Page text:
A list of the CEPs of the Indices in the framework instance.
Entry application- specific The key of the entry;
Application specific structures

4.5.2 Interface primitives
The below section shortly describes the interface primitives of each component.

4.5.2.1 Proxy
Primitive Input parameters Description
GetProxyID Communication channel Returns the ID of the Proxy associated with the communication channel.
GetClientChannel Proxy ID Returns the communication channel associated with the Proxy.

4.5.2.2 Proxy Manager
Primitive Input parameters Description
CreateProxy Communication channel Creates a Proxy.
DeleteProxy Proxy ID or communication channel Deletes a Proxy.

4.5.2.3 Router
Primitive Input parameters Description
RouteARequest Request message,
ID of sending Proxy,
Communication End-Point (CEP) of sending Proxy Manager Routes the request to the appropriate Bucket
MigrateMasterBucket CEPs of the Bucket Managers to migrate from and to Selects and migrates a master bucket from one Bucket Manager to another.
MigrateSlaveBucket CEPs of the Bucket Managers to migrate from and to As above but for a slave.
UseIndex CEP of Bucket Index to use Directs the Router to use the given Bucket Index
RecreateBucket CEP of the Bucket Manager at which to recreate the Bucket Finds a disabled slave bucket and recreates it at the given Bucket Manager

4.5.2.4 Bucket Manager
Primitive Input parameters Description
DeleteBucket BucketID Deletes the bucket
UnserialiseBucket A serialised bucket Creates a bucket in the Bucket Manager by un-serialising the given bucket
LockBucket BucketID,
Locks the given bucket
UnLockBucket BucketID Unlocks the given bucket

4.5.2.5 Bucket
The below sections group the primitives of the Bucket by the components that are expected to use them. In fact, the groups can be considered as separate interfaces.

4.5.2.5.1 PRIMITIVES FOR INTERACTIONS WITH BUCKET MANAGERS
Primitive Input parameters Description
ForwardToEntry A key,
a request
the ID of the proxy representing the sender Instructs the bucket to forward a request coming for an entry.
Serialise - Instructs a bucket to serialise all its entries.
UnserialiseEntry A key,
a serialised entry Instructs the Bucket to un-serialise an entry. If an entry existed with the same key, it is overwritten.

4.5.2.5.2 PRIMITIVES FOR INTERACTIONS WITH THE APPLICATION PLUG-IN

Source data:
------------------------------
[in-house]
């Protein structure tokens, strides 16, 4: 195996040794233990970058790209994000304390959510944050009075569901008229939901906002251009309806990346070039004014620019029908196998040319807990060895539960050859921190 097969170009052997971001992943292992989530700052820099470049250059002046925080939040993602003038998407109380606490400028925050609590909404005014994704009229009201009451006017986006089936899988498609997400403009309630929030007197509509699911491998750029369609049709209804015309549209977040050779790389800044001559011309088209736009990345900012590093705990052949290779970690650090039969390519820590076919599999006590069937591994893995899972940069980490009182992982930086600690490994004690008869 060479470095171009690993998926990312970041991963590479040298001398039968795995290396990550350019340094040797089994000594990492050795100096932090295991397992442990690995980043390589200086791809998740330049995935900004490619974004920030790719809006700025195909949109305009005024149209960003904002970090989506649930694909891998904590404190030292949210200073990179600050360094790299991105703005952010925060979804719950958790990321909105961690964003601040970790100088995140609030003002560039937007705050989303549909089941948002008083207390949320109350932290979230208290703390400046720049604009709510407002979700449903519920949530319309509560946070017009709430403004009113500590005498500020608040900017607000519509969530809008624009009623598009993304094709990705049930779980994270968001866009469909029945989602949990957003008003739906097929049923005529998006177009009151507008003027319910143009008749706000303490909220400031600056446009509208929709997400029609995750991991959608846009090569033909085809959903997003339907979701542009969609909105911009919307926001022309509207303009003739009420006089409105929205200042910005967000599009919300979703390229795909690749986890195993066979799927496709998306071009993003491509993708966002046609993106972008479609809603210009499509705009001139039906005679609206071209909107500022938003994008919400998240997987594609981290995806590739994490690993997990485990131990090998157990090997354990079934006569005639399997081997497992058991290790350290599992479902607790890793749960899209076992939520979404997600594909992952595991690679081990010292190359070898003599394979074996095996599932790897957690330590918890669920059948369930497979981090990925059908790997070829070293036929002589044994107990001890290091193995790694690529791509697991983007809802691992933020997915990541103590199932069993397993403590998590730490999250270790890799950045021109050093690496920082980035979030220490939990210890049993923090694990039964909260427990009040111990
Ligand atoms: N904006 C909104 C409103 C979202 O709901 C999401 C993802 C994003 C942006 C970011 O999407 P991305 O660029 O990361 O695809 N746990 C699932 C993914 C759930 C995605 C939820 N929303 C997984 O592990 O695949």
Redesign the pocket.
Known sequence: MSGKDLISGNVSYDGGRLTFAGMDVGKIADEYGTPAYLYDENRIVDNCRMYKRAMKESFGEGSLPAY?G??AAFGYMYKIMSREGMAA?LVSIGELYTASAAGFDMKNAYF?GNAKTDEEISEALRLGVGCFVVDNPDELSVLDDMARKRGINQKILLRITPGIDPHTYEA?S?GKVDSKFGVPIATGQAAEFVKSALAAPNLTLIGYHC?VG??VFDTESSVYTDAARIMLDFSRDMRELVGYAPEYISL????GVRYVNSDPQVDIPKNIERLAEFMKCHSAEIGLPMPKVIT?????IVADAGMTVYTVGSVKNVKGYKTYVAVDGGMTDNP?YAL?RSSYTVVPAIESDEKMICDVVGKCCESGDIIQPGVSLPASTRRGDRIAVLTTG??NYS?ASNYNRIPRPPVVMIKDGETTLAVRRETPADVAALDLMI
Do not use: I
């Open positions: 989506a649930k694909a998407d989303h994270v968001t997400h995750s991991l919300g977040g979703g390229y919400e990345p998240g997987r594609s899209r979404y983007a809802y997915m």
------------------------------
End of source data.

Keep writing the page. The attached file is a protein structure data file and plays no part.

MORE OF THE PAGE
Primitive Input parameters Description
SaveSerialisedEntry A serialised (piece of an) entry Saves the given serialised (piece of an) entry.
The application plug-in is expected to save its new state whenever it modifies it in response to a request. This primitive can be used by the plug-in for the save operation.

DeleteEntry An entry Specifies that the entry should be deleted after the processing of the current request.
SpecifyReplies A list of {recipient proxy ID, message} tuples Each message will be sent to the client represented by the corresponding proxies.
FindProxy (To be specified) Returns the ID of a proxy matching the input search criteria.

4.5.2.5.3 INTERNAL PRIMITIVES
Primitive Input parameters Description
CreateEntry A key Creates a blank entry with the given key

4.5.2.6 Bucket Index
The below sections group the primitives of the Bucket Index by the components that are expected to use them. The groups can be considered as separate interfaces.

4.5.2.6.1 PRIMITIVES FOR INTERACTIONS WITH BUCKET MANAHERS
Primitive Input parameters Description
SetBucketLocation A bucket ID,
role of the bucket (master or slave),
CEP Sets the CEP of the Bucket Manager hosting the master or the slave copy of the bucket-pair and propagates the change to the other copies of the framework instance.

4.5.2.6.2 PRIMITIVES FOR INTERACTIONS WITH ROUTERS
Primitive Input parameters Description
GetBucketLocation A bucket ID,
role of the bucket (master or slave) Returns the CEP of the Bucket Manager hosting the master or the slave copy of the bucket-pair.
FindABucket CEP of the Bucket Manager storing the bucket,
role of the bucket (master or slave) Returns the ID of a bucket that is stored by the given Bucket Manager and has a master or slave role currently.
FindRecreatableBucket CEP of the Bucket Manager storing the master copy Returns the ID of a bucket-pair that has the master bucket on the specified Bucket Manager

4.5.2.6.3 PRIMITIVES FOR INTERACTIONS WITH FAILURE DETECTORS
Primitive Input parameters Description
PromoteSlaves CEP of a failed Bucket Manager Promotes the slaves of the bucket-pairs that have their masters on the failed Bucket Manager. The original master buckets are deleted from the Index. The promoted slaves become masters and will have no slaves.
DisableSlaves CEP of a failed Bucket Manager Disables the slaves of the bucket-pairs that have their slaves on the failed Bucket Manager.

4.5.2.6.4 PRIMITIVES FOR INTERACTIONS WITH ADMINISTRATORS
Primitive Input parameters Description